UChicago, University of Illinois at Urbana-Champaign partner on major innovation initiative
UChicago Medicine first site in Illinois offering pioneering CAR T-cell therapy for cancer
LIGO announces detection of gravitational waves from colliding neutron stars
UChicago launches Nuclear Reactions event series
With a commitment to free and open inquiry, our scholars take an interdisciplinary approach to research that spans arts to engineering, medicine to education. Their work transforms the way we understand the world, advancing fields of study, and often creating new ones. Generating new knowledge for the benefit of present and future generations, UChicago research has had an impact around the globe, leading to such breakthroughs as discovering the link between cancer and genetics, establishing revolutionary theories of economics, and developing tools to produce reliably excellent urban schooling.
—This week, engineers report on their invention of stretchable surfaces with programmable 3-D texture morphing, a synthetic “camouflaging skin” inspired by studying and modeling the real thing in octopus and cuttlefish.
—The Argonne-led Multiscale Coupled Urban Systems project aims to help city planners better examine complex systems, understand the relationships between them and predict how changes will affect them. The ultimate goal is to help officials identify the best solutions to benefit urban communities.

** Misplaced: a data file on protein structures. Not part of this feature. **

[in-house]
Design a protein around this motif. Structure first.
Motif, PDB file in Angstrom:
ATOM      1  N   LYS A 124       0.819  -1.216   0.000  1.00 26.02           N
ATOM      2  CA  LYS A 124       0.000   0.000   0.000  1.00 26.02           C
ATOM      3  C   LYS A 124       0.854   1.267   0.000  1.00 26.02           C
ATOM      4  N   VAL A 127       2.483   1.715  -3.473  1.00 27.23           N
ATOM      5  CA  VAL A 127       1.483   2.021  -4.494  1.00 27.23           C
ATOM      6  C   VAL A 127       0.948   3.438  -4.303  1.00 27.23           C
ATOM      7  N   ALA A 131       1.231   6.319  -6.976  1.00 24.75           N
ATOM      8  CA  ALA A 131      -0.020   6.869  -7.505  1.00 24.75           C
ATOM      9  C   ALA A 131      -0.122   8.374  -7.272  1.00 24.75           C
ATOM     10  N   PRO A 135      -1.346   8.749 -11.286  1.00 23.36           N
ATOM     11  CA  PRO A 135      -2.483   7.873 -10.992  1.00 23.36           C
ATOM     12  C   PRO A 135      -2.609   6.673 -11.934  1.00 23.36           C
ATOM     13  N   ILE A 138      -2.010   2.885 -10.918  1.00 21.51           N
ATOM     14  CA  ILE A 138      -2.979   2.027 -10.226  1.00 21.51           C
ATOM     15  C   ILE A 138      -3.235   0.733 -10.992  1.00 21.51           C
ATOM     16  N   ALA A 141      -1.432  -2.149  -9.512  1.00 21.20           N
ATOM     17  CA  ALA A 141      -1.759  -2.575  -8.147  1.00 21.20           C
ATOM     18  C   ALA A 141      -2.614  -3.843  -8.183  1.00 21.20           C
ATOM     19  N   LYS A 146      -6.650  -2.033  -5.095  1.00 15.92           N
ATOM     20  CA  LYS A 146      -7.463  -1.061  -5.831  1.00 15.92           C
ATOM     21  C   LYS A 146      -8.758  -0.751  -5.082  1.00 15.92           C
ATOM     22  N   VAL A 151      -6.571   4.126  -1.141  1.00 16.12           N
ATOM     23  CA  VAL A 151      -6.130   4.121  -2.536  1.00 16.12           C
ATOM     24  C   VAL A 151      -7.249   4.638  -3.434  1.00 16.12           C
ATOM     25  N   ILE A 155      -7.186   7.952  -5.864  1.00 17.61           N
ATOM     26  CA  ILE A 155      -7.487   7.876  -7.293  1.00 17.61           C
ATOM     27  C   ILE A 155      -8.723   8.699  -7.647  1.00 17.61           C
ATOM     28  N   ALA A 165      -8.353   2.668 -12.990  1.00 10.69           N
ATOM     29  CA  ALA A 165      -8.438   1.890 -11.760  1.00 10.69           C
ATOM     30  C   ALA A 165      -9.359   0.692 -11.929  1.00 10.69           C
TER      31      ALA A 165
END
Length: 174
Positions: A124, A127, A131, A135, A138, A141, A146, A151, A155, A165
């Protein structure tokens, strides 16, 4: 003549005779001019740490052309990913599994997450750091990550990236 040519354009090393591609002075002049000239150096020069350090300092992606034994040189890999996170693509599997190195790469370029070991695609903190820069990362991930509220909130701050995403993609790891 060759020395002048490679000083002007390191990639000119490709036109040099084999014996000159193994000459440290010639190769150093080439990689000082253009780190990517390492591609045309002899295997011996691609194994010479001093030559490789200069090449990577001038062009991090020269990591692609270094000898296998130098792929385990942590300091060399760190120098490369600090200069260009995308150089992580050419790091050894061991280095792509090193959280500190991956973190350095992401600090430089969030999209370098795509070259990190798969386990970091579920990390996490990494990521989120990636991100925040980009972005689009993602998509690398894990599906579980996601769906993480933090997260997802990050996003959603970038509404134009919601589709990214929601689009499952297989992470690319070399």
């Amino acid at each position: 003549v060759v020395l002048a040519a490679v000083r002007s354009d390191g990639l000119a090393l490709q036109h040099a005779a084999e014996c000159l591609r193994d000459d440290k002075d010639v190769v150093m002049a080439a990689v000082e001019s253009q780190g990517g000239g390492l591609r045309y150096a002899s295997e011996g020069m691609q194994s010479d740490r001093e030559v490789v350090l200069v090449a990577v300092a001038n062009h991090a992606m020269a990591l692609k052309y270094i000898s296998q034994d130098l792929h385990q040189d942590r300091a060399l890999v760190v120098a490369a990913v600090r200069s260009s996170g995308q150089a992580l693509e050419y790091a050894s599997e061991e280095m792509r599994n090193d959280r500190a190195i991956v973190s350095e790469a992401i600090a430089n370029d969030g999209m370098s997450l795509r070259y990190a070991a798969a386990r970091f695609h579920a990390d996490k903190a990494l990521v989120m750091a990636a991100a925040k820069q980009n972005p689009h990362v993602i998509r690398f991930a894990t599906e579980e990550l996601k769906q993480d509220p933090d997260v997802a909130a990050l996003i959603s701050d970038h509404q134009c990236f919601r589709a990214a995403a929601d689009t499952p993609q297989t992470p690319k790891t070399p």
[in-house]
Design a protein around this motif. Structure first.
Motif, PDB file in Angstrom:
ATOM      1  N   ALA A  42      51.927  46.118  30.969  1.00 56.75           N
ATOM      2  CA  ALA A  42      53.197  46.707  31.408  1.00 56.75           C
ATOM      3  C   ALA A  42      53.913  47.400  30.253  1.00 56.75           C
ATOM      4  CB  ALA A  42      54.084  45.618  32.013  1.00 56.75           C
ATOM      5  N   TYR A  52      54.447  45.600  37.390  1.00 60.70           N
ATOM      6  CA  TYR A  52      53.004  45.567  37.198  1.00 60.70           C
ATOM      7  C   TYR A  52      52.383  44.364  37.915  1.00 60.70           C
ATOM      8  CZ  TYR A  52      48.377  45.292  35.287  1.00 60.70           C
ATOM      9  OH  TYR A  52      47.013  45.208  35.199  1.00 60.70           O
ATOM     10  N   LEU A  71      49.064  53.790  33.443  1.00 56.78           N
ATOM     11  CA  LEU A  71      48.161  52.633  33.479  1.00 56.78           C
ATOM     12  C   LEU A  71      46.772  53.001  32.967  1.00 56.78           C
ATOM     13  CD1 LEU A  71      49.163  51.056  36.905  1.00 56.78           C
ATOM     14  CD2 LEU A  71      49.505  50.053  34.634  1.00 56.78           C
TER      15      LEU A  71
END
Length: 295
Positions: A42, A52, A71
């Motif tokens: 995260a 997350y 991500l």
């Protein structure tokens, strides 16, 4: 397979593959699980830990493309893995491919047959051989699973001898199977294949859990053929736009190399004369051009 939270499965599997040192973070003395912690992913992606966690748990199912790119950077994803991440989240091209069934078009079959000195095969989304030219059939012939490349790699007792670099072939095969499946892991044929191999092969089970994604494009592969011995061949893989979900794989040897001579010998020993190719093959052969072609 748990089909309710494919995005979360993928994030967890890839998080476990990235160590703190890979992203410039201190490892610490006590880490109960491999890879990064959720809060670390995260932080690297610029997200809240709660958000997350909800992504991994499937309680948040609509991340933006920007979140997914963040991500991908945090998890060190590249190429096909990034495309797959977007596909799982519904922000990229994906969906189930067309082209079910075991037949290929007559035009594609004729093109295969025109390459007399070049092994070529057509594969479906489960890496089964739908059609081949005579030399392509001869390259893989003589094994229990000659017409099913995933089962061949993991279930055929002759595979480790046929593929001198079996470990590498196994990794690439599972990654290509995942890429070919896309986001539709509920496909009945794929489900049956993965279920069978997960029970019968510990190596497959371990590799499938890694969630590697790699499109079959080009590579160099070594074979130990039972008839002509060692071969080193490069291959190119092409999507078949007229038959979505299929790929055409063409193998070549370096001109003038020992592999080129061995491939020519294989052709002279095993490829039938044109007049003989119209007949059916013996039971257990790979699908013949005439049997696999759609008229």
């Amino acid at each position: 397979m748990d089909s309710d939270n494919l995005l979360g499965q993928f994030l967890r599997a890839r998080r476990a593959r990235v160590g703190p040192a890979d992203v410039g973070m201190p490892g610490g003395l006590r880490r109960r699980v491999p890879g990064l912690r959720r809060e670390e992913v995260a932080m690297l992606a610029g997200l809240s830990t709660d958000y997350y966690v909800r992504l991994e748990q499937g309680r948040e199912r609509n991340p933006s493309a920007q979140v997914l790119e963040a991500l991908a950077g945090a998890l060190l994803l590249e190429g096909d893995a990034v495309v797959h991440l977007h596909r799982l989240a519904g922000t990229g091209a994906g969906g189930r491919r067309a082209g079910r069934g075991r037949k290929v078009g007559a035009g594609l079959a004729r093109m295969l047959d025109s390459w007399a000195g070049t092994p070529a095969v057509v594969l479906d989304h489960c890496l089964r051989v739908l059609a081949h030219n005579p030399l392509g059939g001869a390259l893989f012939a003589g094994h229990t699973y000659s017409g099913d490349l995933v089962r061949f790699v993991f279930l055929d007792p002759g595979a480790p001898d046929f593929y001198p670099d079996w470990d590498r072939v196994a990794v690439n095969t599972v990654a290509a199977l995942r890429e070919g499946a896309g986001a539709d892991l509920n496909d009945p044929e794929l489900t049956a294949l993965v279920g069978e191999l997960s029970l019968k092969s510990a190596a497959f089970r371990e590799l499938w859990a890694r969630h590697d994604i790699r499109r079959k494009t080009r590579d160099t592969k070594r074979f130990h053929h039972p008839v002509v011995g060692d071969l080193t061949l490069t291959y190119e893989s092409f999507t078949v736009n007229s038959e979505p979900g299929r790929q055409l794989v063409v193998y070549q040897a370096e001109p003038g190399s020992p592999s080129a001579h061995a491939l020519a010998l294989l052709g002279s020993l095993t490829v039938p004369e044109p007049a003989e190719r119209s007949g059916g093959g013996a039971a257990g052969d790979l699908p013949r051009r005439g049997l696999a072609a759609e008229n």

—Forrest Stuart’s current project—working title “Hashtags and Handguns”—focuses on poverty, violence, social media, and hip-hop on Chicago’s South Side. During a year of intense fieldwork, Stuart discovered that music and social media play a significant part in the city’s “balkanized gang violence.”
—An innovative new partnership between the Computation Institute/Argonne National Laboratory, Loyola University Medical Center (LUMC), and the University of Illinois at Chicago (UIC) will combine rich epidemiological and biological data with agent-based modeling to test hepatitis C prevention and treatment strategies in silico, simulating the activity of 32,000 people who inject drugs in the Chicagoland area.
—With a $4.7 million grant from the National Cancer Institute, the University of Chicago’s Globus and leading cancer researchers at University of Chicago Medicine will build new protected cancer research networks that enable collaborations while keeping sensitive health data secure and private.